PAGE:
"DISGRACEFUL INLAND REVENUE DODGERY.
At the Handsworth Police-court, on February 9th, George Lester, a grocer and wine and spirit dealer, 75, Hamstead-road, was summoned at the instance of the Inland Revenue Authorities for selling one dozen bottles of ale on December 19th without having a licence. Mr. J. W. Clulow defended. Thomas Nisbett, an Excise officer, stated that on the date named he called at the defendant's shop, and after purchasing several articles of grocery which he asked to be sent to his house, he asked to be supplied with one dozen bottles of beer. The defendant replied that he
We hope some Member of Parliament will raise this and recent other scandals in the House of Commons by necessary questions to the responsible minister. We confess we would rather see the Inland Revenue suppressing the sale of maddening potato or Indian corn spirit as whisky, or chemical "swipes" as beer, than laying such traps upon honest men's good nature, or bringing vexatious prosecutions like the following :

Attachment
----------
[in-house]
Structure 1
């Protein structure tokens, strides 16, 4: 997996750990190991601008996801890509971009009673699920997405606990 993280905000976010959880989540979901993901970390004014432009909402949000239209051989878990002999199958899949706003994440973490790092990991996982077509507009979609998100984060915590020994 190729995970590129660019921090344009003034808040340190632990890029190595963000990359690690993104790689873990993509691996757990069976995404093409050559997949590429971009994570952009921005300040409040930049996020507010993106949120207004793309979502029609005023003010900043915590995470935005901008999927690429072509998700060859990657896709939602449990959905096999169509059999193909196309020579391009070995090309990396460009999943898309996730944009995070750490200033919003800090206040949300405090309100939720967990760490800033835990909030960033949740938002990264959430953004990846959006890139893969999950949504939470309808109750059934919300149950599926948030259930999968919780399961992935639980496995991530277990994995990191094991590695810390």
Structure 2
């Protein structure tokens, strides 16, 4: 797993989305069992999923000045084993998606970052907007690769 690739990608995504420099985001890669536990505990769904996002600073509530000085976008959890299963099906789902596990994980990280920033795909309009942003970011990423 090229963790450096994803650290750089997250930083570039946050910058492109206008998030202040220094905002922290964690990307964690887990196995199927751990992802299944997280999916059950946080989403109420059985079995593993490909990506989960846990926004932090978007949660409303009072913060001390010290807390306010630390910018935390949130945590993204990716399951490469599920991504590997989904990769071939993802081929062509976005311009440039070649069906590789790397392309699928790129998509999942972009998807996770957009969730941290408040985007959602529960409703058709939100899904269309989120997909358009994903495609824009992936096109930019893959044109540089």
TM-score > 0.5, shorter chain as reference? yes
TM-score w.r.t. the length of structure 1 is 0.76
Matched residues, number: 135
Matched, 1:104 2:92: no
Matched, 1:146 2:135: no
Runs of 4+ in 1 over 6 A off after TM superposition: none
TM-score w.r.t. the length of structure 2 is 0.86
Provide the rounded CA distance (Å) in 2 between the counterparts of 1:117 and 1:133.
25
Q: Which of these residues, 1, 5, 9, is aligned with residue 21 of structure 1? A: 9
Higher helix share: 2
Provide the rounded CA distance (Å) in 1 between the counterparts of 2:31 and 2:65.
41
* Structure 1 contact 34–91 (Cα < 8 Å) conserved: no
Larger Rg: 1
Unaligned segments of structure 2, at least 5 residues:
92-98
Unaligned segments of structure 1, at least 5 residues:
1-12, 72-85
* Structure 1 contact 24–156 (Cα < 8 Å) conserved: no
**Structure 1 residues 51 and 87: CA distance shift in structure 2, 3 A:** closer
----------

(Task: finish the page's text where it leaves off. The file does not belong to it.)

At Heywood, on February 14th, Mr. J. Birch, chemist, York street, was summoned for selling extract of malt and cod-liver oil, which it was alleged was liable to stamp duty. Mr. Squires, from Somerset House, prosecuted. The defendant was fined.
It would be more creditable to the Department were its chemists to learn snuff analysis, lard analysis, or butter analysis; and the responsible officials who advised Mr. Gladstone to abolish the malt tax that permitted the brewer to make his chemical "swipes" out of road sweepings if he likes, to retire, disgraced and degraded as they are, from injuring their country as public officials, than to put up jobs of this nature upon those who are taxed to support their ignorant existences."
"Food & sanitation, Volume 4", 1894, page 57.
I'm glad that the court sided with the defendent.
I wonder if excise men still get up to this sort of underhand trickery?